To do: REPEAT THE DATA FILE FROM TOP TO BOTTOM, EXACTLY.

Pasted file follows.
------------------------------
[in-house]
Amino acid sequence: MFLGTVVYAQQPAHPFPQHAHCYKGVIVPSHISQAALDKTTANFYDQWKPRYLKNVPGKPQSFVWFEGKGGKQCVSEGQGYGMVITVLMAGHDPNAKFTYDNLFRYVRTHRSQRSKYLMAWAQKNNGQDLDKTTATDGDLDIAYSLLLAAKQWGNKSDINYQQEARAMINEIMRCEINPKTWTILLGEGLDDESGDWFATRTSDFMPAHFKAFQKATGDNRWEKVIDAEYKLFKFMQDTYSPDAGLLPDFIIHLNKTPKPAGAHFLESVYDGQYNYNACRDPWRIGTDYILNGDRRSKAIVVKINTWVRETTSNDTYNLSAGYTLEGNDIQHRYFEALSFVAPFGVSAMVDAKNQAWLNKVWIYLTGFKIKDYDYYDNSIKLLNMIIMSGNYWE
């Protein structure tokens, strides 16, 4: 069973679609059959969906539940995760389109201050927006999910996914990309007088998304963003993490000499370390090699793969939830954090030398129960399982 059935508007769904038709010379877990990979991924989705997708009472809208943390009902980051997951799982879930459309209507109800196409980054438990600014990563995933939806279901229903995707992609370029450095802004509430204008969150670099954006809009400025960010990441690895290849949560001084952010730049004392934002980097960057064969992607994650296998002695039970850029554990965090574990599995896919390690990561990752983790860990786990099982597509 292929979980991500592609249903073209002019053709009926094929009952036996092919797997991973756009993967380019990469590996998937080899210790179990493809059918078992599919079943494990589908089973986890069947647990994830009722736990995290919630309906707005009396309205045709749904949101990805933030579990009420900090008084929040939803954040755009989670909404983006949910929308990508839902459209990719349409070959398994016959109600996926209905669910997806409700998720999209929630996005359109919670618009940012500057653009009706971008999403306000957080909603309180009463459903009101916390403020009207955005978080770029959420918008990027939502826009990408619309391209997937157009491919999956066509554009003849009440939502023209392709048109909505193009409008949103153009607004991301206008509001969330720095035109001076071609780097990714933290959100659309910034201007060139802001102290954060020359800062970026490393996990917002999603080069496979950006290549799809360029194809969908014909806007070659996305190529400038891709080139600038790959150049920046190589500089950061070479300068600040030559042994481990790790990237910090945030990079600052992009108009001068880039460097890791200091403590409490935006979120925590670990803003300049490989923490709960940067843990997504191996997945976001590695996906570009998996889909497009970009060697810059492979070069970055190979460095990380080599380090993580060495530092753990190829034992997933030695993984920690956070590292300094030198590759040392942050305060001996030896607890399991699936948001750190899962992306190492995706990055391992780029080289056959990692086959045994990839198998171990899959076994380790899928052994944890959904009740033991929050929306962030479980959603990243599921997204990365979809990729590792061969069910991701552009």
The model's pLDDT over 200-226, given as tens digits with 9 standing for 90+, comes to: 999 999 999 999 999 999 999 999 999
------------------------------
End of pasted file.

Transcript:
[in-house]
Amino acid sequence: MFLGTVVYAQQPAHPFPQHAHCYKGVIVPSHISQAALDKTTANFYDQWKPRYLKNVPGKPQSFVWFEGKGGKQCVSEGQGYGMVITVLMAGHDPNAKFTYDNLFRYVRTHRSQRSKYLMAWAQKNNGQDLDKTTATDGDLDIAYSLLLAAKQWGNKSDINYQQEARAMINEIMRCEINPKTWTILLGEGLDDESGDWFATRTSDFMPAHFKAFQKATGDNRWEKVIDAEYKLFKFMQDTYSPDAGLLPDFIIHLNKTPKPAGAHFLESVYDGQYNYNACRDPWRIGTDYILNGDRRSKAIVVKINTWVRETTSNDTYNLSAGYTLEGNDIQHRYFEALSFVAPFGVSAMVDAKNQAWLNKVWIYLTGFKIKDYDYYDNSIKLLNMIIMSGNYWE
């Protein structure tokens, strides 16, 4: 069973679609059959969906539940995760389109201050927006999910996914990309007088998304963003993490000499370390090699793969939830954090030398129960399982 059935508007769904038709010379877990990979991924989705997708009472809208943390009902980051997951799982879930459309209507109800196409980054438990600014990563995933939806279901229903995707992609370029450095802004509430204008969150670099954006809009400025960010990441690895290849949560001084952010730049004392934002980097960057064969992607994650296998002695039970850029554990965090574990599995896919390690990561990752983790860990786990099982597509 292929979980991500592609249903073209002019053709009926094929009952036996092919797997991973756009993967380019990469590996998937080899210790179990493809059918078992599919079943494990589908089973986890069947647990994830009722736990995290919630309906707005009396309205045709749904949101990805933030579990009420900090008084929040939803954040755009989670909404983006949910929308990508839902459209990719349409070959398994016959109600996926209905669910997806409700998720999209929630996005359109919670618009940012500057653009009706971008999403306000957080909603309180009463459903009101916390403020009207955005978080770029959420918008990027939502826009990408619309391209997937157009491919999956066509554009003849009440939502023209392709048109909505193009409008949103153009607004991301206008509001969330720095035109001076071609780097990714933290959100659309910034201007060139802001102290954060020359800062970026490393996990917002999603080069496979950006290549799809360029194809969908014909806007070659996305190529400038891709080139600038790959150049920046190589500089950061070479300068600040030559042994481990790790990237910090945030990079600052992009108009001068880039460097890791200091403590409490935006979120925590670990803003300049490989923490709960940067843990997504191996997945976001590695996906570009998996889909497009970009060697810059492979070069970055190979460095990380080599380090993580060495530092753990190829034992997933030695993984920690956070590292300094030198590759040392942050305060001996030896607890399991699936948001750190899962992306190492995706990055391992780029080289056959990692086959045994990839198998171990899959076994380790899928052994944890959904009740033991929050929306962030479980959603990243599921997204990365979809990729590792061969069910991701552009």
The model's pLDDT over 200-226, given as tens digits with 9 standing for 90+, comes to: 999 999 999 999 999 999 999 999 999